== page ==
• Ballet Tutu Types

  • Romantic Tutu: A three-quarter length, bell-shaped skirt made of tulle. The hemline falls between the knee and the ankle. The 
    romantic tutu is free flowing to emphasise lightness, to suit the ethereal quality of the romantic ballets such as Giselle or La Sylphide.
    It is said to have been invented, or at least popularized, by Marie Taglioni, first in 1832 in La Sylphide. There are two types of
    romantic tutus-one that starts at the waist and one with a dropped waist and basque called a romantic tutu with basque.

    Classical Tutu (pancake): A very short, stiff skirt made with layers of netting that extends straight outwards (from the hips) in a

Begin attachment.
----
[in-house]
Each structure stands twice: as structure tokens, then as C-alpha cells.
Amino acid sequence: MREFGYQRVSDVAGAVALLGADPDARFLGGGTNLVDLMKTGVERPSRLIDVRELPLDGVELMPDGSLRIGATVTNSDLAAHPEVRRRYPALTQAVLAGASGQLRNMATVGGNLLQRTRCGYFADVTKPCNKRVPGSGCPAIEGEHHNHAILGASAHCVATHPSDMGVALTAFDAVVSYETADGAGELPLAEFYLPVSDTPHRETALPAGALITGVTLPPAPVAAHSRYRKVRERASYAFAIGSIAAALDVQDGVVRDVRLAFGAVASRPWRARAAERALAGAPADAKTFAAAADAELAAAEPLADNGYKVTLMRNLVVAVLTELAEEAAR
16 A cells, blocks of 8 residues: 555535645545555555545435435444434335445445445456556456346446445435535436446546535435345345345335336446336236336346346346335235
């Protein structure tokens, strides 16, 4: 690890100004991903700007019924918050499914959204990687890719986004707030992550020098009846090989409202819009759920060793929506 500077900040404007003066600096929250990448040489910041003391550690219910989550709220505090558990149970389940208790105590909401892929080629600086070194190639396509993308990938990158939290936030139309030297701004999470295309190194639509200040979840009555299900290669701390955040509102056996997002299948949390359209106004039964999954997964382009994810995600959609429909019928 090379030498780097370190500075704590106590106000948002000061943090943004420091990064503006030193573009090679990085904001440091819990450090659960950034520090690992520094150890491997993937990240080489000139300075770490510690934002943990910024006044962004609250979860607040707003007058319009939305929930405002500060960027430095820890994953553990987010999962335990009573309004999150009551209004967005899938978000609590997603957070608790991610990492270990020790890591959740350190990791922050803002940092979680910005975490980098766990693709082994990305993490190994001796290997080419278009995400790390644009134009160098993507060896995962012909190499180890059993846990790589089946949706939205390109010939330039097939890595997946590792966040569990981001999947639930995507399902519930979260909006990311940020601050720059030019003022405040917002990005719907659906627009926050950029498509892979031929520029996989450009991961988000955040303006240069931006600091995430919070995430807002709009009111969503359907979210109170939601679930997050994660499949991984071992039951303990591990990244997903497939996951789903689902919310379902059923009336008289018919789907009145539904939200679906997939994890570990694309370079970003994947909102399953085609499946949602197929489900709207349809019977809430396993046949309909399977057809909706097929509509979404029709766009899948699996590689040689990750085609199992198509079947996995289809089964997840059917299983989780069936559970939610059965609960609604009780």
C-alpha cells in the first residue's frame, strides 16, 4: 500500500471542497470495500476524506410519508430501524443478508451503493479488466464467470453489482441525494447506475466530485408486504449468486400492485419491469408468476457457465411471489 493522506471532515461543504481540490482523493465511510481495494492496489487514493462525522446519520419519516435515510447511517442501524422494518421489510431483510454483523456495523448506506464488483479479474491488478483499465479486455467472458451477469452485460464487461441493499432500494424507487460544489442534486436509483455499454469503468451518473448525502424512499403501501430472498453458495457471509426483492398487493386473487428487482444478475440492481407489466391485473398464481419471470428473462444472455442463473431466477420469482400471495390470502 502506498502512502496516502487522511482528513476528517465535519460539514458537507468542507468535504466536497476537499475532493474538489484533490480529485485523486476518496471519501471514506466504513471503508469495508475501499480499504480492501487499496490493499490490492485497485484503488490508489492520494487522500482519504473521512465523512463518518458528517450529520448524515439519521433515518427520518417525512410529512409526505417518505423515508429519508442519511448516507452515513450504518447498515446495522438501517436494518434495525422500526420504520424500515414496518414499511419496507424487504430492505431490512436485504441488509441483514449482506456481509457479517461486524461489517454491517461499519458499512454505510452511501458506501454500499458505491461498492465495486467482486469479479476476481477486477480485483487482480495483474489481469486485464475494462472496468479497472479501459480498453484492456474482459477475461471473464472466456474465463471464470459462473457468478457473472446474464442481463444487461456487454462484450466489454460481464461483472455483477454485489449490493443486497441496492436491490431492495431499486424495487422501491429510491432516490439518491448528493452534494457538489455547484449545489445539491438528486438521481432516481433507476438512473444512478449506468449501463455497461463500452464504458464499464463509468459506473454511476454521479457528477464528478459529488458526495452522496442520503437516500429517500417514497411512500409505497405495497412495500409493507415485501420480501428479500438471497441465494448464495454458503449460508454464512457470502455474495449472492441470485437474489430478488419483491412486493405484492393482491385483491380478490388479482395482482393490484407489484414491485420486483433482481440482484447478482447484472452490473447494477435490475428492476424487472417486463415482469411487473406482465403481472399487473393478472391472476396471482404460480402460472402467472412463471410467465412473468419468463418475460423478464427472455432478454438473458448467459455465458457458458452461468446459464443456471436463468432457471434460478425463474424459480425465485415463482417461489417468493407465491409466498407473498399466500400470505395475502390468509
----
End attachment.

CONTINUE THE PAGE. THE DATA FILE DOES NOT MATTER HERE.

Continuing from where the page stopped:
flat pancake shape, and has a fitted bodice. The pancake style has more layers of net and usually uses a wire hoop and much hand
    tacking to keep the layers flat and stiff.

    Classical Tutu (bell): A very short, stiff skirt with a slight bell shape, it is usually longer than a classical (pancake) tutu. It is made
    with layers of netting and has a fitted bodice; it extends outwards from the hips and does not use a wired hoop. These can be
    seen in the famous ballet paintings by Degas.

    Balanchine/Karinska Tutu: also known as the "powder puff", it is a very short skirt with no hoops, and fewer layers of netting
    than the pancake or classical styles. The skirt is loosely tacked to give a softer, fuller appearance. This style was designed originally
    for the ballet version of Georges Bizet's Symphony in C.

    Platter Tutu: A tutu with a flat top that sticks straight out from the ballerina's waistline. It is very similar to the pancake tutu,
    though the top of the tutu is almost completely flat, where the pancake tutu is a bit fuller at the top.

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